The critics were not kind to Oscar Best Picture nominee Extremely Loud & Incredibly Close leading to the recent feature in Paste magazine, “Is Extremely Loud the Worst-Reviewed Oscar-Nominated Movie in History?” The factual answer to that question may be a resounding “Yes.
A recent article in The Atlantic Monthly justifiably called the month of January "the dumping ground" of the movie industry, a wasteland reserved for films so bad there's not a chance in hell they could be nominated for an Oscar, nor could they compete with the likes of Mission: Impossible and Sherlock Holmes 2 vying for big holiday crowds.
Fans of Alexander Skarsgard who are thirsty for images of the sexy Swede should have no trouble getting their fill. They can tune in to HBO on Sunday nights to see him playing vampire Eric Northman on True Blood.
Usually, when actors talk about going out on a limb for their roles, they describe dropping or gaining twenty pounds, studying up on a day's worth of YouTube footage, or taking red-eye flights back and forth from exotic shooting locations.
So far, 2011 is turning out to be a big year for Ryan Gosling. He has already starred in one of the summer's big romantic comedies, Crazy, Stupid, Love; he made headlines for arbitrating during a Manhattan street fight, which was fortuitously captured on camera phone; he has the starring role in George Clooney's presidential thriller, The Ides of March, which opened the Toronto Film Festival; and now, Drive, which premiered at the Cannes Film Festival in May, is hitting theaters, accompanied by some stellar reviews of Gosling's understated performance.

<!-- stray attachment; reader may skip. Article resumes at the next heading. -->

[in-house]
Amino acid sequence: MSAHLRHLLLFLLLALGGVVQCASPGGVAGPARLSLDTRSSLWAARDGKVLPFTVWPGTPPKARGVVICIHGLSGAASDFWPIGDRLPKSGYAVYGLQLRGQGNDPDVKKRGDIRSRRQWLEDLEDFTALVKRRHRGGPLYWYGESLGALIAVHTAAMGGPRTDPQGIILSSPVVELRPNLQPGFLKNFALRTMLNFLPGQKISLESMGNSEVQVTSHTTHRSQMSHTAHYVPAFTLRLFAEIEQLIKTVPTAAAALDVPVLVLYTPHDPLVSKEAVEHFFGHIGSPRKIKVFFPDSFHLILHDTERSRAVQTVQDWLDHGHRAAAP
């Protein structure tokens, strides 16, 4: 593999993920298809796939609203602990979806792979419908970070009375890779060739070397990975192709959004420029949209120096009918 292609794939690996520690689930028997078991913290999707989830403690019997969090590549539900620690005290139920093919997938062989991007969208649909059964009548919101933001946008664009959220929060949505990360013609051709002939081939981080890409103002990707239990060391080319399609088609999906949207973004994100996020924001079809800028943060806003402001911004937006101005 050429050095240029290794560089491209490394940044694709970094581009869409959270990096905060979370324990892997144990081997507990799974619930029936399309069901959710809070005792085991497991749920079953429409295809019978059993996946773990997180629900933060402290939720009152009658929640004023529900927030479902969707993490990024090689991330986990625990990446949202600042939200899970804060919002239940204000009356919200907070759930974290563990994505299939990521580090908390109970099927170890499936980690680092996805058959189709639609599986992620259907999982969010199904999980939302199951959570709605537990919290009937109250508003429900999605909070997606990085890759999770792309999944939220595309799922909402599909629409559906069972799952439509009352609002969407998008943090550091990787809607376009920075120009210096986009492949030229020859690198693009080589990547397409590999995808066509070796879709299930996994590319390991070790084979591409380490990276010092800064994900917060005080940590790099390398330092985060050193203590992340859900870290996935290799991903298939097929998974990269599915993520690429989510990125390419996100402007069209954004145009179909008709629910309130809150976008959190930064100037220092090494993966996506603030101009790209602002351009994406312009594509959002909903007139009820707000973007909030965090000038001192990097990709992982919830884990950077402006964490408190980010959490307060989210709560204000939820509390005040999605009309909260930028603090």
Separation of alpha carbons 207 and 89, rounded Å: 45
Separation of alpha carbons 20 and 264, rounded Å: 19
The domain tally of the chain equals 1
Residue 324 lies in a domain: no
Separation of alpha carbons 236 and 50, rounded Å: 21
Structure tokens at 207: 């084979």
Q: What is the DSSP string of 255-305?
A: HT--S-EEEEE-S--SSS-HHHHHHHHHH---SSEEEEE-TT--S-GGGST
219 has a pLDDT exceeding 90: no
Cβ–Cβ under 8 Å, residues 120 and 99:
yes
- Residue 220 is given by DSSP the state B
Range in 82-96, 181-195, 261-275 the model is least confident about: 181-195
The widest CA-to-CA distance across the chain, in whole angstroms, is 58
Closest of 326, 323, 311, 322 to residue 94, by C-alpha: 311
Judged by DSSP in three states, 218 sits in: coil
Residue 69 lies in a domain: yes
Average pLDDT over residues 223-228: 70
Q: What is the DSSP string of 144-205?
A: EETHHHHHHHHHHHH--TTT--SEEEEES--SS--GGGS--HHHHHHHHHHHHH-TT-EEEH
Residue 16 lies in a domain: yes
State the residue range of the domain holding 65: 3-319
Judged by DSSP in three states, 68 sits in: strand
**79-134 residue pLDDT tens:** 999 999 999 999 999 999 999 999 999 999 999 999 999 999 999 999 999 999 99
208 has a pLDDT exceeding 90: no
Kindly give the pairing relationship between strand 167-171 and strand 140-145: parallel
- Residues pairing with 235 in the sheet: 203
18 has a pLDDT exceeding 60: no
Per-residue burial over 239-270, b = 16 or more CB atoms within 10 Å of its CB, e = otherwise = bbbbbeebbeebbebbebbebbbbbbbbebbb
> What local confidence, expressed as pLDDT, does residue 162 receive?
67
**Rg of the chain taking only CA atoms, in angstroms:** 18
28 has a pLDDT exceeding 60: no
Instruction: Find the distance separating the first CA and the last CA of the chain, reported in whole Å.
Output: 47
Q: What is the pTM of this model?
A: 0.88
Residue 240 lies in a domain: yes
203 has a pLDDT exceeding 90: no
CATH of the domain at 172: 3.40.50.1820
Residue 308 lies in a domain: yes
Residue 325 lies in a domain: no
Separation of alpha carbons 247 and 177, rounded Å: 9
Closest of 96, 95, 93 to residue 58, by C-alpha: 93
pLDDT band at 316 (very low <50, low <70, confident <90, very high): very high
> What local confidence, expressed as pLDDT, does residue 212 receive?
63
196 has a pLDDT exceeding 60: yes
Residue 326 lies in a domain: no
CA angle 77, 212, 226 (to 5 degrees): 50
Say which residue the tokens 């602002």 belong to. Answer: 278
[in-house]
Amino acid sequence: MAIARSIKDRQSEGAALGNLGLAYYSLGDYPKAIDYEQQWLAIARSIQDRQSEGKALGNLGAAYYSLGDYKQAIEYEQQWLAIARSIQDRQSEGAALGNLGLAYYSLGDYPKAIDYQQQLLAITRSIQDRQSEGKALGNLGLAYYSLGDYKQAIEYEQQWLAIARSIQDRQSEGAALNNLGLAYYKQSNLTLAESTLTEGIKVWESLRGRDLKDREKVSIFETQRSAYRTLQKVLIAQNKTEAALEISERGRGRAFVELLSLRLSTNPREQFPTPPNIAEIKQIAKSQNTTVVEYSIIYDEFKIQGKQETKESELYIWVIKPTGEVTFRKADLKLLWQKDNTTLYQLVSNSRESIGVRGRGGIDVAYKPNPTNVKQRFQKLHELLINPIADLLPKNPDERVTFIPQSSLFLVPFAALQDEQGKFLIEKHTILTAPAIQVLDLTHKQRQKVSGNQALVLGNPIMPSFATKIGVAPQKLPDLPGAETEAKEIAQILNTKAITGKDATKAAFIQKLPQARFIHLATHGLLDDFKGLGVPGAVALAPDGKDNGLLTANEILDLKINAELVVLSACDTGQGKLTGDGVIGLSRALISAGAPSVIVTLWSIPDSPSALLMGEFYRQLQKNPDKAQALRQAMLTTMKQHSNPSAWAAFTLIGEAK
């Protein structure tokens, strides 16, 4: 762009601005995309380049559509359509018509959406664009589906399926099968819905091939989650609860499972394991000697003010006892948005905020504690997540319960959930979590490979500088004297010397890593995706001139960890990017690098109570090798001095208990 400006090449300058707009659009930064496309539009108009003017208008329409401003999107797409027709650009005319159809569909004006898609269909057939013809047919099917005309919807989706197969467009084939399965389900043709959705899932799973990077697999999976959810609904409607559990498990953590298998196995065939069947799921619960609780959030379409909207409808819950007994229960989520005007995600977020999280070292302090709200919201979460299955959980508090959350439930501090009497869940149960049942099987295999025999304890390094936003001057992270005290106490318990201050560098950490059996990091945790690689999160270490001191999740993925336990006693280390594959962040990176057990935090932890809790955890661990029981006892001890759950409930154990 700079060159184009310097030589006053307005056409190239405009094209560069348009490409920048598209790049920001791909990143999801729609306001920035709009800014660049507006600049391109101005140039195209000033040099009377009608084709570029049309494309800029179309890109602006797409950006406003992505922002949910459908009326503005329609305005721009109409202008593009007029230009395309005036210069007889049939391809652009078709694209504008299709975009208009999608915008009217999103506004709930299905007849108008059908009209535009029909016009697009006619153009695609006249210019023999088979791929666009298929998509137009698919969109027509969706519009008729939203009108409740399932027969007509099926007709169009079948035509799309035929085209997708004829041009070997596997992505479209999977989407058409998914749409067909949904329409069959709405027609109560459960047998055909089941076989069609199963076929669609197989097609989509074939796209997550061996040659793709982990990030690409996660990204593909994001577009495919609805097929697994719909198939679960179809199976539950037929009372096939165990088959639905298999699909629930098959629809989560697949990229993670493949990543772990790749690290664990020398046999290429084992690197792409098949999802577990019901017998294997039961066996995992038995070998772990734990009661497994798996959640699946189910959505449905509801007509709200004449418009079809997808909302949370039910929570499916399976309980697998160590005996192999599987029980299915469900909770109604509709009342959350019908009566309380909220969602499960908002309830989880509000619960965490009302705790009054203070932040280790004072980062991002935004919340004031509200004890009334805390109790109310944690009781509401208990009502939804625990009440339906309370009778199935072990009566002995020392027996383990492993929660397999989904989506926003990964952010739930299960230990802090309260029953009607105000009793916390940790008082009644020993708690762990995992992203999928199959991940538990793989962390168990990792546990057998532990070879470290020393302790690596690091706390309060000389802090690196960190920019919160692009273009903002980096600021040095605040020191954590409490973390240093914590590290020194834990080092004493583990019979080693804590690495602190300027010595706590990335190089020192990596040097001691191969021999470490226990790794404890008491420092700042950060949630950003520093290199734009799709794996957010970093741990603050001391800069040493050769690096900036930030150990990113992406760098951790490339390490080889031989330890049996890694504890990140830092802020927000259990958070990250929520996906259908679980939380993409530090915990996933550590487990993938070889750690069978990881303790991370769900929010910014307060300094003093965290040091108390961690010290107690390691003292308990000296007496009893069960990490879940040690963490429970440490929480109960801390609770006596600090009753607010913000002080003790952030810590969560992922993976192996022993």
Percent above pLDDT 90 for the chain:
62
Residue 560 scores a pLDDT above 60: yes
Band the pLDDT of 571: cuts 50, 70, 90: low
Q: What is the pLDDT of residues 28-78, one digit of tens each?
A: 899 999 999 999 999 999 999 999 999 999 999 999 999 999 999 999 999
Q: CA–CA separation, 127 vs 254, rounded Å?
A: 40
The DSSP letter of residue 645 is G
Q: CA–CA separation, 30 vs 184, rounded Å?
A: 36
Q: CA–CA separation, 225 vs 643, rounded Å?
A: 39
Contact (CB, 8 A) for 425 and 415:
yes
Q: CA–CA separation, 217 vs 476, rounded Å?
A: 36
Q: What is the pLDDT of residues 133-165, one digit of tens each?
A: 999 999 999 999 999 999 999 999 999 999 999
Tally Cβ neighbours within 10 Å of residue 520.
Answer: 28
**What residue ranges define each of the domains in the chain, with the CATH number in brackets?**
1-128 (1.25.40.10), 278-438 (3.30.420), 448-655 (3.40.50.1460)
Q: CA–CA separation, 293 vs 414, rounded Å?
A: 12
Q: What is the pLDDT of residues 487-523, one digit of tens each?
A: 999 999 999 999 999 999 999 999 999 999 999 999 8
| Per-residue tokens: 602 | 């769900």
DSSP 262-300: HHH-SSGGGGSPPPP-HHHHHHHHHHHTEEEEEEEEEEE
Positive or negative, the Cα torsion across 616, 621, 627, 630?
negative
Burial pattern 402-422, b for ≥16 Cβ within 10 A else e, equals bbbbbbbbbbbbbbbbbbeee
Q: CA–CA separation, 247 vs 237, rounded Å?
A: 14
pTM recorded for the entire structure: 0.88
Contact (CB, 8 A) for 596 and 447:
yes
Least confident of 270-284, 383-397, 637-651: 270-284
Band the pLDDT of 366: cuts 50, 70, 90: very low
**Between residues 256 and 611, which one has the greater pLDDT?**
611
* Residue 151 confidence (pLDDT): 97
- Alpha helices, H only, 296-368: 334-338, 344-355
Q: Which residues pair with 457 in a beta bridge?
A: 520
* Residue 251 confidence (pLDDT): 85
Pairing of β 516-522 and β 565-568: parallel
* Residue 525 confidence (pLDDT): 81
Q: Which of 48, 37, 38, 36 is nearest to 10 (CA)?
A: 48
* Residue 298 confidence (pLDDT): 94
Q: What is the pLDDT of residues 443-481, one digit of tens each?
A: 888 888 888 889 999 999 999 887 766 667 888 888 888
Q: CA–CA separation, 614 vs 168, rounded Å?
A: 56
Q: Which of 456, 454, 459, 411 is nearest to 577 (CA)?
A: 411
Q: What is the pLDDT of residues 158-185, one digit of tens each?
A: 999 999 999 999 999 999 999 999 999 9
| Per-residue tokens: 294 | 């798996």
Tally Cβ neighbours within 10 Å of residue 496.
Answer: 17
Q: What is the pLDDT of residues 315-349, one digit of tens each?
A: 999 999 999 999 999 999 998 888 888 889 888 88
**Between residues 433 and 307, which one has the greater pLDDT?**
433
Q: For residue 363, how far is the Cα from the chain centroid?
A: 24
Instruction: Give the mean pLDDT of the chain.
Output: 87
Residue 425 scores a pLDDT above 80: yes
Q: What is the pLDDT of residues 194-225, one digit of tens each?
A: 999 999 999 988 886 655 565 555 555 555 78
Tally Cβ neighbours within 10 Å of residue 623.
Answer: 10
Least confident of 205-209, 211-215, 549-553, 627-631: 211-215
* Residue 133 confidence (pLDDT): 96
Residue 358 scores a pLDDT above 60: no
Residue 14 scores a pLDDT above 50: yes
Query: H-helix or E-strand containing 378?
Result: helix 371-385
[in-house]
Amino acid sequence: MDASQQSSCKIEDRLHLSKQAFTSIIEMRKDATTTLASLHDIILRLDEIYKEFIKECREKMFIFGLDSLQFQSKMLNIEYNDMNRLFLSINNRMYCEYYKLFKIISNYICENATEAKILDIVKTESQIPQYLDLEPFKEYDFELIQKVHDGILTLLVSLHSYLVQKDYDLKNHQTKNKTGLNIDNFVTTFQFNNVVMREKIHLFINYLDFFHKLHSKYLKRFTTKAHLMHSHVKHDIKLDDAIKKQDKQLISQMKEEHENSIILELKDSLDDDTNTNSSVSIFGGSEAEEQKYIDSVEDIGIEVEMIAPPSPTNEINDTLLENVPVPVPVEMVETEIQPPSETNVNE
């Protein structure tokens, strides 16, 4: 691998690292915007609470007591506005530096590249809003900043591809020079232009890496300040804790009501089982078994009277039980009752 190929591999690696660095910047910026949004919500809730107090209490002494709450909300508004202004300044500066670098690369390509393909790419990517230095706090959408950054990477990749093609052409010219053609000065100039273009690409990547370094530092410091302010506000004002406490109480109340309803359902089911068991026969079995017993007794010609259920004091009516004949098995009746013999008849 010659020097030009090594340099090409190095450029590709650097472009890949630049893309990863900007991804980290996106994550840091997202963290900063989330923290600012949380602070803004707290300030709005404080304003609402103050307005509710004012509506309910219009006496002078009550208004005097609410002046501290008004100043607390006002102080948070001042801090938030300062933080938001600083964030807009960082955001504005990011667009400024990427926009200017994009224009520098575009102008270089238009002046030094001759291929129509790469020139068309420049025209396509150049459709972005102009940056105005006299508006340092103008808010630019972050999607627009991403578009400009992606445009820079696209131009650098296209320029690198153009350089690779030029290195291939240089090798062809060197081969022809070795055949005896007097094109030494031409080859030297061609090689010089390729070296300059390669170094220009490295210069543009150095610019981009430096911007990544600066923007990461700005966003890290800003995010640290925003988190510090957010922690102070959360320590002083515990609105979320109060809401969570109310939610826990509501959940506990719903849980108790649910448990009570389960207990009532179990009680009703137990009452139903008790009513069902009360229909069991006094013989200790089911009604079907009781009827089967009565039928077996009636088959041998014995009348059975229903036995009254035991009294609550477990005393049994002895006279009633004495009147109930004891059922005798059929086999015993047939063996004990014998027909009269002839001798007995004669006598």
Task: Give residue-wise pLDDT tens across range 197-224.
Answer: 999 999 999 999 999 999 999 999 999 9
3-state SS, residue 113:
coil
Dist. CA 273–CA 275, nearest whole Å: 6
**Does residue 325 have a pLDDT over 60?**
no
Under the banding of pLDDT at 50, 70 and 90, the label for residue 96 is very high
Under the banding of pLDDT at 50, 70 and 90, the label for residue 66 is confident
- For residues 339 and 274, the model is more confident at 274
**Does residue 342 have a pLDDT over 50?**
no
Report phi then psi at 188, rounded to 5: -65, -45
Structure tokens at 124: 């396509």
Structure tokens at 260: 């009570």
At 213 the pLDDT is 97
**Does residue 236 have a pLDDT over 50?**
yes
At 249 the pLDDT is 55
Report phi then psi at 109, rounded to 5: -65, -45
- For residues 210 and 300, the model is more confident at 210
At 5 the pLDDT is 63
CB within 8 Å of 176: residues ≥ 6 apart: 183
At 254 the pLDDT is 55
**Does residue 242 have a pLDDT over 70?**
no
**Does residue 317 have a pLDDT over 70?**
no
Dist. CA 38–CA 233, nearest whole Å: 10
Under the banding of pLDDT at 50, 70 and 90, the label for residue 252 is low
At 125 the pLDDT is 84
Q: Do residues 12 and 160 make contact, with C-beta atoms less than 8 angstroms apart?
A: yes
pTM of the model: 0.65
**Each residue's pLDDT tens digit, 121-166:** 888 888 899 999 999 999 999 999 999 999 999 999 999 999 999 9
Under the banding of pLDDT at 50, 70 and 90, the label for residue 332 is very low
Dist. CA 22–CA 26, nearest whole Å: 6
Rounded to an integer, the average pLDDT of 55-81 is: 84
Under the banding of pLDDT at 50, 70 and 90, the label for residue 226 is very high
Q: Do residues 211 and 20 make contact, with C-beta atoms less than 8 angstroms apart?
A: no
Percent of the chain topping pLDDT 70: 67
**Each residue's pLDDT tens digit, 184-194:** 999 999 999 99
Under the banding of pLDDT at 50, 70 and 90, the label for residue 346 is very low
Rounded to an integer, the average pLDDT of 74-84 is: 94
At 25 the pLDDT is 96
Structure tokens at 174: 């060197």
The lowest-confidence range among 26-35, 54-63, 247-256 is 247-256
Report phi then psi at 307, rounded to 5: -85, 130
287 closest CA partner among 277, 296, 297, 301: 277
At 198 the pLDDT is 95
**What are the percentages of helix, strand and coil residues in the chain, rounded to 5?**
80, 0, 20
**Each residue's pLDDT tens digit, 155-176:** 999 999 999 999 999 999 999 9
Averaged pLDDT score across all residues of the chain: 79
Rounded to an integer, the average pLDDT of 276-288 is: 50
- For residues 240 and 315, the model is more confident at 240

Actors are a lot like spies, particularly in the sense that they are professionals paid to maintain a certain illusion. And famous spies, like famous actors, occupy a stratum in post-war mythology wherein impossible odds are achieved through technological innovation, yes, but more importantly through bravery, dedication and talent — mere human virtues.
Damn that Paul Rudd. Is anyone more believable as a beloved relative? What began in 1995's Clueless as the dorky-but-loving counterweight to Alicia Silverstone's ditzy-but-lovable high school princess has evolved, through iterations of brotherliness (Role Models), helplessness (I Love You, Man) and deadpan-dependent drollness (The 40-year-old Virgin), into a 16-years-later apotheosis called Our Idiot Brother, directed by frequent Rudd collaborator David Wain.
Queen of quirk Miranda July follows up her stunning 2005 debut Me and You and Everyone We Know with The Future, an absurdist and affecting portrait of a thirtysomething couple of under-achievers, Sophie (July) and Jason (Hamish Linklater) as they come to terms with time, age and, well, their future together.
Crazy, Stupid, Love couldn’t be a more perfect title for this perfectly cast romantic comedy. Quite simply, the premise is about intertwining relationships between people who do crazy and stupid things for love.
The Coen Brothers’ The Big Lebowski, which will be re-released August 16 as a limited edition Blu-ray DVD, is a unique comedy that has generated a cult following since its initial release in 1998.
Alexander Skarsgard was spotted on the streets of New York City Thursday as he arrived on the set of his upcoming film, What Maisie Knew. He was rocking a casual vibe in a blue t-shirt, black denim and sunglasses while taking a few moments to sign autographs for fans.